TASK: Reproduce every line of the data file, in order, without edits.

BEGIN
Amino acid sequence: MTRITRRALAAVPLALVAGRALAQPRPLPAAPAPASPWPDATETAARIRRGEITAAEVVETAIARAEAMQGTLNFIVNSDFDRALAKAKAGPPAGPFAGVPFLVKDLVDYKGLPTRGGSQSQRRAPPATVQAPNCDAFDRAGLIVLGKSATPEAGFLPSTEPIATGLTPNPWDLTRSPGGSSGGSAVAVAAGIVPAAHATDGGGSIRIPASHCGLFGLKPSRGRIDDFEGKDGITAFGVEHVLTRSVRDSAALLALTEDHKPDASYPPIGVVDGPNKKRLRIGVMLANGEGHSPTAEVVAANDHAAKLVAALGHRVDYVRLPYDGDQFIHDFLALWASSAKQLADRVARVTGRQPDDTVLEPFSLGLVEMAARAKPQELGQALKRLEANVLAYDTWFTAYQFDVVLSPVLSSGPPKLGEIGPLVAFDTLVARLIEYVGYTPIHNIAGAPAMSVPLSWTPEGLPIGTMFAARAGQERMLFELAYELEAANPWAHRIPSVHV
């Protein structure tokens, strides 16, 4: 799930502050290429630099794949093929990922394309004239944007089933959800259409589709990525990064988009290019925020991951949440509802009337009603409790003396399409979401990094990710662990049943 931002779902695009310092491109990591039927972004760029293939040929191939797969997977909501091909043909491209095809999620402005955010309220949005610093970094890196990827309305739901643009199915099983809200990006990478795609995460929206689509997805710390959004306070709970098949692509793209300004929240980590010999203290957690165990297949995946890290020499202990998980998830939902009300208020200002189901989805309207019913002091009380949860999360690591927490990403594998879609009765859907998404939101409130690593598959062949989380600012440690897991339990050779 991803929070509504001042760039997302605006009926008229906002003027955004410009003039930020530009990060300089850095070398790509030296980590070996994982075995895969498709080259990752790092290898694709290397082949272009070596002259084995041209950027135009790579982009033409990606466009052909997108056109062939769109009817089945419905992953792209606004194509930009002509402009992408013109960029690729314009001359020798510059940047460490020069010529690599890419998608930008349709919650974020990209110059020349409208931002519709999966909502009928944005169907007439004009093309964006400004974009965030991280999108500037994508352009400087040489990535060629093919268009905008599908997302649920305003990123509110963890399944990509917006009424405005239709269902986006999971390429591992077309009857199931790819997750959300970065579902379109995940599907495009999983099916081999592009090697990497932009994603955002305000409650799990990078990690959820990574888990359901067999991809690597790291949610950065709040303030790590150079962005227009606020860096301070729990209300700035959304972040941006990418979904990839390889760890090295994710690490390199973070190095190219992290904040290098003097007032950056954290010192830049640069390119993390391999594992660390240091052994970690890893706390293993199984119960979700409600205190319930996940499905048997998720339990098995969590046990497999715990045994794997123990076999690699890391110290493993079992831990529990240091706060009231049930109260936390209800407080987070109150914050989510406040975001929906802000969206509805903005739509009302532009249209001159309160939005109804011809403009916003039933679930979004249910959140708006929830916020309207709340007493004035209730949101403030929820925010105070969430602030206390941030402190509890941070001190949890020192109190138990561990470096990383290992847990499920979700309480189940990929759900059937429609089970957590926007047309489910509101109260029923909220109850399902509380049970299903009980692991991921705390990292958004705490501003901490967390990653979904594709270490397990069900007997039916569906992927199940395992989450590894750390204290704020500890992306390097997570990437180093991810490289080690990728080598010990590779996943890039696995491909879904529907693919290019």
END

Amino acid sequence: MTRITRRALAAVPLALVAGRALAQPRPLPAAPAPASPWPDATETAARIRRGEITAAEVVETAIARAEAMQGTLNFIVNSDFDRALAKAKAGPPAGPFAGVPFLVKDLVDYKGLPTRGGSQSQRRAPPATVQAPNCDAFDRAGLIVLGKSATPEAGFLPSTEPIATGLTPNPWDLTRSPGGSSGGSAVAVAAGIVPAAHATDGGGSIRIPASHCGLFGLKPSRGRIDDFEGKDGITAFGVEHVLTRSVRDSAALLALTEDHKPDASYPPIGVVDGPNKKRLRIGVMLANGEGHSPTAEVVAANDHAAKLVAALGHRVDYVRLPYDGDQFIHDFLALWASSAKQLADRVARVTGRQPDDTVLEPFSLGLVEMAARAKPQELGQALKRLEANVLAYDTWFTAYQFDVVLSPVLSSGPPKLGEIGPLVAFDTLVARLIEYVGYTPIHNIAGAPAMSVPLSWTPEGLPIGTMFAARAGQERMLFELAYELEAANPWAHRIPSVHV
């Protein structure tokens, strides 16, 4: 799930502050290429630099794949093929990922394309004239944007089933959800259409589709990525990064988009290019925020991951949440509802009337009603409790003396399409979401990094990710662990049943 931002779902695009310092491109990591039927972004760029293939040929191939797969997977909501091909043909491209095809999620402005955010309220949005610093970094890196990827309305739901643009199915099983809200990006990478795609995460929206689509997805710390959004306070709970098949692509793209300004929240980590010999203290957690165990297949995946890290020499202990998980998830939902009300208020200002189901989805309207019913002091009380949860999360690591927490990403594998879609009765859907998404939101409130690593598959062949989380600012440690897991339990050779 991803929070509504001042760039997302605006009926008229906002003027955004410009003039930020530009990060300089850095070398790509030296980590070996994982075995895969498709080259990752790092290898694709290397082949272009070596002259084995041209950027135009790579982009033409990606466009052909997108056109062939769109009817089945419905992953792209606004194509930009002509402009992408013109960029690729314009001359020798510059940047460490020069010529690599890419998608930008349709919650974020990209110059020349409208931002519709999966909502009928944005169907007439004009093309964006400004974009965030991280999108500037994508352009400087040489990535060629093919268009905008599908997302649920305003990123509110963890399944990509917006009424405005239709269902986006999971390429591992077309009857199931790819997750959300970065579902379109995940599907495009999983099916081999592009090697990497932009994603955002305000409650799990990078990690959820990574888990359901067999991809690597790291949610950065709040303030790590150079962005227009606020860096301070729990209300700035959304972040941006990418979904990839390889760890090295994710690490390199973070190095190219992290904040290098003097007032950056954290010192830049640069390119993390391999594992660390240091052994970690890893706390293993199984119960979700409600205190319930996940499905048997998720339990098995969590046990497999715990045994794997123990076999690699890391110290493993079992831990529990240091706060009231049930109260936390209800407080987070109150914050989510406040975001929906802000969206509805903005739509009302532009249209001159309160939005109804011809403009916003039933679930979004249910959140708006929830916020309207709340007493004035209730949101403030929820925010105070969430602030206390941030402190509890941070001190949890020192109190138990561990470096990383290992847990499920979700309480189940990929759900059937429609089970957590926007047309489910509101109260029923909220109850399902509380049970299903009980692991991921705390990292958004705490501003901490967390990653979904594709270490397990069900007997039916569906992927199940395992989450590894750390204290704020500890992306390097997570990437180093991810490289080690990728080598010990590779996943890039696995491909879904529907693919290019």